Effects of salicylic acid on wheat salt sensitivity
Salicylic acid (SA), a plant phenolic compound, is now considered as a hormone-like endogenous regulator, and there is a great interest to clarify its role in the defence mechanisms against biotic and abiotic stressors. In this study, investigations on the effects of foliar-applied SA on salt sensitivity, hydrogen peroxide (H2O2) generation and activities of antioxidant enzymes like peroxidase (POX) and catalase (CAT) in plant tissues under salt stress was performed. SA treatment significantly increased the fresh and dry weights in both root and shoots of wheat plants under salt stress. Similarly, POX and CAT activities were also augmented by SA treatment. While the highest POX activity was recorded at SA+120 mM NaCl, CAT activity also exhibited an increase compared to salt treatment without SA. In parallel to increasing antioxidative activity, SA treatment decreased H2O2 content when compared to plants growing under salt stress without SA. The results revealed that salt-induced deleterious effect in wheat seedlings were significantly alleviated by the SA treatment. SA can be used as a signal molecule to investigate plant defense to abiotic stress. After the application of SA, increasing tolerance of wheat seedlings to salt stress may be related to increases in antioxidative enzyme activitiy.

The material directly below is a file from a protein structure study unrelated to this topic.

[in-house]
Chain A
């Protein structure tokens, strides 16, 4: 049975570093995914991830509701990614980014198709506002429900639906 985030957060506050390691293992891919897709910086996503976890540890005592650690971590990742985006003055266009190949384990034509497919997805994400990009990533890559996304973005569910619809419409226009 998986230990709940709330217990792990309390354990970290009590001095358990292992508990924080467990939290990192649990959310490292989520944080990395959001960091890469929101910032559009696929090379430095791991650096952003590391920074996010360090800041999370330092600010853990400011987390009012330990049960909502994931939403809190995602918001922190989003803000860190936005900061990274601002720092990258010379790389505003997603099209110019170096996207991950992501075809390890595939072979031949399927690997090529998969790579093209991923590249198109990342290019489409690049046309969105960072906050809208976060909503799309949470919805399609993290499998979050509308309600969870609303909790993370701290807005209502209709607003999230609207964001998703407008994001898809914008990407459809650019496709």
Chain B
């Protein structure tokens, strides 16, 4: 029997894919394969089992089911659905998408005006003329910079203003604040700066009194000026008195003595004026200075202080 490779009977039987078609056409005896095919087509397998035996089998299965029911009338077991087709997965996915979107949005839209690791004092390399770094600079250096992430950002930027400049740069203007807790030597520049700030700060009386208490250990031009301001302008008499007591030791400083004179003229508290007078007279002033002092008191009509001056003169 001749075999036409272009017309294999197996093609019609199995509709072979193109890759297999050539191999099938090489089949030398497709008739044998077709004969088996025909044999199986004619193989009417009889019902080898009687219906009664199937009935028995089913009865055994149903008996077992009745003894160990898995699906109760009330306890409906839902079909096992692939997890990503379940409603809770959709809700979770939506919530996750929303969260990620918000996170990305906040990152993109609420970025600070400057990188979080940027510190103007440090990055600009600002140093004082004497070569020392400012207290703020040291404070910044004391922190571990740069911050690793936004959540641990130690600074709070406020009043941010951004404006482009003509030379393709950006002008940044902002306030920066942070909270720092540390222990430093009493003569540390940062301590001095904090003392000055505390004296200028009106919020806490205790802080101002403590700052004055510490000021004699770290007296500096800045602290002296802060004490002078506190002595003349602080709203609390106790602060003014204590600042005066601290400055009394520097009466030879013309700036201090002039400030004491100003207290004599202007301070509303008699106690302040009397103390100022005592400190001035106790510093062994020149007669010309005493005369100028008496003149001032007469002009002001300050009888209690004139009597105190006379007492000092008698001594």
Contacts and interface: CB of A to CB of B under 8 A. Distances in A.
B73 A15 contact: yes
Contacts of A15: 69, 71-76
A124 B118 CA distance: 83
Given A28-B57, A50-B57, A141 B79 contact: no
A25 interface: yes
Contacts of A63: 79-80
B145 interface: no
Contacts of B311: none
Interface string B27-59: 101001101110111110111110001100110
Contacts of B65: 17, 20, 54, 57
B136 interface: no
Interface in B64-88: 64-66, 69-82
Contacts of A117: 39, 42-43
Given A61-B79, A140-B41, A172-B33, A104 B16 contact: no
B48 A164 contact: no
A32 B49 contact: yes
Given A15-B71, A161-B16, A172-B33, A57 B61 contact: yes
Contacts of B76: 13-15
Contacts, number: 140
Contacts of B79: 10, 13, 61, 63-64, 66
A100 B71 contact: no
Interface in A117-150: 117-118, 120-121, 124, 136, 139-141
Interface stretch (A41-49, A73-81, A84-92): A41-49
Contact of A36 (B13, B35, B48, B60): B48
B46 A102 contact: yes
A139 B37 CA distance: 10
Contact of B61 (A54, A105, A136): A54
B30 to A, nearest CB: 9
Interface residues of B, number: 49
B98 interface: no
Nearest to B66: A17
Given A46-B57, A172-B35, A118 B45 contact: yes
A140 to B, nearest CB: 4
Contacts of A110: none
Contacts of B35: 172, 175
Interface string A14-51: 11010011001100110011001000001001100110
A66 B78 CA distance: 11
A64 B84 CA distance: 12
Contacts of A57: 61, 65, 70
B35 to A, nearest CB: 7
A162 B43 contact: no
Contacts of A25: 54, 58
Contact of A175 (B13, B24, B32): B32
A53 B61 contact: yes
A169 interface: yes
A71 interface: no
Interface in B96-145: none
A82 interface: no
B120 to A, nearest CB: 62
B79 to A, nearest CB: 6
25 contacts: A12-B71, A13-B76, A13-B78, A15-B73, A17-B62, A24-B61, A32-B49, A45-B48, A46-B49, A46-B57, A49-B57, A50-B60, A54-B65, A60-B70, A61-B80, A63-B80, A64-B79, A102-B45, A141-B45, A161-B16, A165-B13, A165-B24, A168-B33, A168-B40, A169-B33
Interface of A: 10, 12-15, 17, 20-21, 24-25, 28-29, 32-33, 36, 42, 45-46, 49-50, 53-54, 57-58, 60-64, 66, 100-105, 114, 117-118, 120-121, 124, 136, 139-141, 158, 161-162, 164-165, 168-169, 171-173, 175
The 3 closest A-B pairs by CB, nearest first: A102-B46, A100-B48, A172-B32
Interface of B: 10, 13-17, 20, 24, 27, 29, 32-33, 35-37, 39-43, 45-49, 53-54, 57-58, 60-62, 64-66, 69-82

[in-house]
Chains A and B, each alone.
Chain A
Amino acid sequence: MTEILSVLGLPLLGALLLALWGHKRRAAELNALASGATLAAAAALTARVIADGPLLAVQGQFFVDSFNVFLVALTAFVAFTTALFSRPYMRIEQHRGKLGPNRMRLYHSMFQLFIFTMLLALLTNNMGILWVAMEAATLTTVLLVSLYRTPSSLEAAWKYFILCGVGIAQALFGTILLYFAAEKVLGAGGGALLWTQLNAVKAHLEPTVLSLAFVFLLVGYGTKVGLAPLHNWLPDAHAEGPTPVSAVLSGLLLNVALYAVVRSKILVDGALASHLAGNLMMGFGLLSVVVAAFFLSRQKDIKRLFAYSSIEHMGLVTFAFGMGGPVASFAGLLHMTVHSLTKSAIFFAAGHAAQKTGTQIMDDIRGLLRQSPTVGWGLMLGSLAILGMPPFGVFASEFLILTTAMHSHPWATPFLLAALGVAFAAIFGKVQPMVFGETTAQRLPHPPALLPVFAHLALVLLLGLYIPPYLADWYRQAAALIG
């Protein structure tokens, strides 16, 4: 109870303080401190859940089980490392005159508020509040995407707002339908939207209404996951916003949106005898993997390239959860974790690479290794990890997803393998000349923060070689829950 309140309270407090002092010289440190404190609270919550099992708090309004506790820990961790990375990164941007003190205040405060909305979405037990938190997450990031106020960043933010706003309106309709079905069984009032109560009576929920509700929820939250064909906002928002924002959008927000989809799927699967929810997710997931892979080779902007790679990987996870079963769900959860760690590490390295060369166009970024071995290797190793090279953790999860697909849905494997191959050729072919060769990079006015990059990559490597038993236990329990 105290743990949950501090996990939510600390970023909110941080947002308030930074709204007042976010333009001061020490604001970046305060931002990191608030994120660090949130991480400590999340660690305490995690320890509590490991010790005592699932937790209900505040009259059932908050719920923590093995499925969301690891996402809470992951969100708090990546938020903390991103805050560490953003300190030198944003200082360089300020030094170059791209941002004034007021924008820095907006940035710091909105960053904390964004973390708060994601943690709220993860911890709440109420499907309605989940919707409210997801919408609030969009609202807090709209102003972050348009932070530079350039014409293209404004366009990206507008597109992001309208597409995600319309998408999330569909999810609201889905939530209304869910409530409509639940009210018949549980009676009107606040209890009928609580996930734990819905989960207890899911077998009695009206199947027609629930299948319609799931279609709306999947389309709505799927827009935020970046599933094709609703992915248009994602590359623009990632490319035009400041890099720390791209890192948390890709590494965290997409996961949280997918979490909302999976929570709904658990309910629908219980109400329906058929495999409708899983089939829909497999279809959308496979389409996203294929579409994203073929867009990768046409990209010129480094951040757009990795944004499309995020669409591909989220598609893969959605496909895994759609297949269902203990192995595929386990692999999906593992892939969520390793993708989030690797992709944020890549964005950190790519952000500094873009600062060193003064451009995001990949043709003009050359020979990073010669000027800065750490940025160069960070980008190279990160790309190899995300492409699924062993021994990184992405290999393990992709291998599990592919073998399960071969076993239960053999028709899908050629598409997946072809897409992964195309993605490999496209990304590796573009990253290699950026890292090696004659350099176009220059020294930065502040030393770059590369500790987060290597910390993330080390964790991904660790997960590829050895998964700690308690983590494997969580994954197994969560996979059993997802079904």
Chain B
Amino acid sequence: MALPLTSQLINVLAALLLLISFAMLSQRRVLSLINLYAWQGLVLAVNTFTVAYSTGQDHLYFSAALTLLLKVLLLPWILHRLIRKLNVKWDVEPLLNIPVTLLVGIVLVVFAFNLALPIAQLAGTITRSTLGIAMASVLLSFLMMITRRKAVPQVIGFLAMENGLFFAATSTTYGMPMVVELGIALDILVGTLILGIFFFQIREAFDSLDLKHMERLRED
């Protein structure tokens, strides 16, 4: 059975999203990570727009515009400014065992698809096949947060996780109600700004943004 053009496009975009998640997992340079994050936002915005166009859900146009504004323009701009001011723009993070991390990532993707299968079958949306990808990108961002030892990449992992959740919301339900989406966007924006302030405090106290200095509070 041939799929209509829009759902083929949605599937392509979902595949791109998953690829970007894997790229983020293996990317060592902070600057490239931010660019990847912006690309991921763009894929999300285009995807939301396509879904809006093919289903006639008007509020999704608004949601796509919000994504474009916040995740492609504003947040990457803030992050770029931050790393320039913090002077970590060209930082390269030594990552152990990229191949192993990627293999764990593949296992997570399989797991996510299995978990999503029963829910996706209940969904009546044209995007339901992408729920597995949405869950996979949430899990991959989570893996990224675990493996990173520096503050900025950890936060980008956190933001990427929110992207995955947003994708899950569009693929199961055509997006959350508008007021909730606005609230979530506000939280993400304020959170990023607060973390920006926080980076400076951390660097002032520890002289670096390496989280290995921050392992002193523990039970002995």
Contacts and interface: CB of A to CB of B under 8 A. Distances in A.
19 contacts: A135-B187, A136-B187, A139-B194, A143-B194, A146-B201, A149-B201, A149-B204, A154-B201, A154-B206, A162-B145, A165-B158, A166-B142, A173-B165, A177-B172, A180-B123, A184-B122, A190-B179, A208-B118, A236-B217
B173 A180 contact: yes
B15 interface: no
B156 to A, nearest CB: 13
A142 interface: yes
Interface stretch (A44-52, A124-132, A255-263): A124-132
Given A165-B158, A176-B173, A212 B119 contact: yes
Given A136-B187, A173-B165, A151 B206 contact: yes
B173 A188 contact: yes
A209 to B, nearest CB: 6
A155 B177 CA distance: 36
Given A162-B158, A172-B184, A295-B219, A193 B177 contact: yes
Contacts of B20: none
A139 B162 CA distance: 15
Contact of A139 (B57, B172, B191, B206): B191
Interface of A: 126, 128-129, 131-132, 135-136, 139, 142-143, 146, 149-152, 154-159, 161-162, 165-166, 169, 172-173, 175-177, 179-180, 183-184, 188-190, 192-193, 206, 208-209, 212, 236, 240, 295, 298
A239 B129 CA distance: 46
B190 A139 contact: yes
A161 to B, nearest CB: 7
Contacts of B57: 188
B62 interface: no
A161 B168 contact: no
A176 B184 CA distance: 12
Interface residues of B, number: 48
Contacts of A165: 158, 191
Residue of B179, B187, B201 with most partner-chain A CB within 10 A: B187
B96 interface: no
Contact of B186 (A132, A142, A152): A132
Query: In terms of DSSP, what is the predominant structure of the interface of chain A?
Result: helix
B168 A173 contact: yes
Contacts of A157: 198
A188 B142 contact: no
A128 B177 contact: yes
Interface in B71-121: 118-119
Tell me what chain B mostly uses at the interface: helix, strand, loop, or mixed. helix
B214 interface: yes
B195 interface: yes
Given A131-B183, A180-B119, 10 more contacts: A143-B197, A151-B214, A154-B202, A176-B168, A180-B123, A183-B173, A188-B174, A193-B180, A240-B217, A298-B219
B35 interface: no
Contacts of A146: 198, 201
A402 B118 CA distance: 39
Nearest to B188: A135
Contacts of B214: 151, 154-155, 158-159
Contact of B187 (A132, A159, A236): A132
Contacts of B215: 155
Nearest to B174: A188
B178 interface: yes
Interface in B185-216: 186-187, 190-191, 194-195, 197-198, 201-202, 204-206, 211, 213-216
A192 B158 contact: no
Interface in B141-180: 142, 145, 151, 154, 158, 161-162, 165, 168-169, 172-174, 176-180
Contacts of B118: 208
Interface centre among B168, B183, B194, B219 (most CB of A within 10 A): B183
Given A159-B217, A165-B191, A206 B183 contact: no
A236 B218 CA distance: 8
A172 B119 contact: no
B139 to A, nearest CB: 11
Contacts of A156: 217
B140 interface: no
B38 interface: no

Key words: Wheat, salicylic acid, antioxidative enzyme activities, peroxidase (POX), catalase (CAT), hydrogen peroxide (H2O2) content.